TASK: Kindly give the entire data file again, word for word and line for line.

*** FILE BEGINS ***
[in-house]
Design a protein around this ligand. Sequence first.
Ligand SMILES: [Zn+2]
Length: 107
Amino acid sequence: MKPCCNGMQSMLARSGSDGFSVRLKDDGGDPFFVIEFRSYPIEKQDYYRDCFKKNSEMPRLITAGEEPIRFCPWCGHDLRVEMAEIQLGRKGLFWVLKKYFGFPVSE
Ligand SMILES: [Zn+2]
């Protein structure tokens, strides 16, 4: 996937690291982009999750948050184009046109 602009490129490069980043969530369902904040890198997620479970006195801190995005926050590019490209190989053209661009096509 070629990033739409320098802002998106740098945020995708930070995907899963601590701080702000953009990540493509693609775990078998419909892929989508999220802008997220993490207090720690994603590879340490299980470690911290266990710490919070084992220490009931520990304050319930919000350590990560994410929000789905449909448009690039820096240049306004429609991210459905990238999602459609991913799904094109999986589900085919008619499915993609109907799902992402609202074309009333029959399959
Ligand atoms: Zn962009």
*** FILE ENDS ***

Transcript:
[in-house]
Design a protein around this ligand. Sequence first.
Ligand SMILES: [Zn+2]
Length: 107
Amino acid sequence: MKPCCNGMQSMLARSGSDGFSVRLKDDGGDPFFVIEFRSYPIEKQDYYRDCFKKNSEMPRLITAGEEPIRFCPWCGHDLRVEMAEIQLGRKGLFWVLKKYFGFPVSE
Ligand SMILES: [Zn+2]
């Protein structure tokens, strides 16, 4: 996937690291982009999750948050184009046109 602009490129490069980043969530369902904040890198997620479970006195801190995005926050590019490209190989053209661009096509 070629990033739409320098802002998106740098945020995708930070995907899963601590701080702000953009990540493509693609775990078998419909892929989508999220802008997220993490207090720690994603590879340490299980470690911290266990710490919070084992220490009931520990304050319930919000350590990560994410929000789905449909448009690039820096240049306004429609991210459905990238999602459609991913799904094109999986589900085919008619499915993609109907799902992402609202074309009333029959399959
Ligand atoms: Zn962009």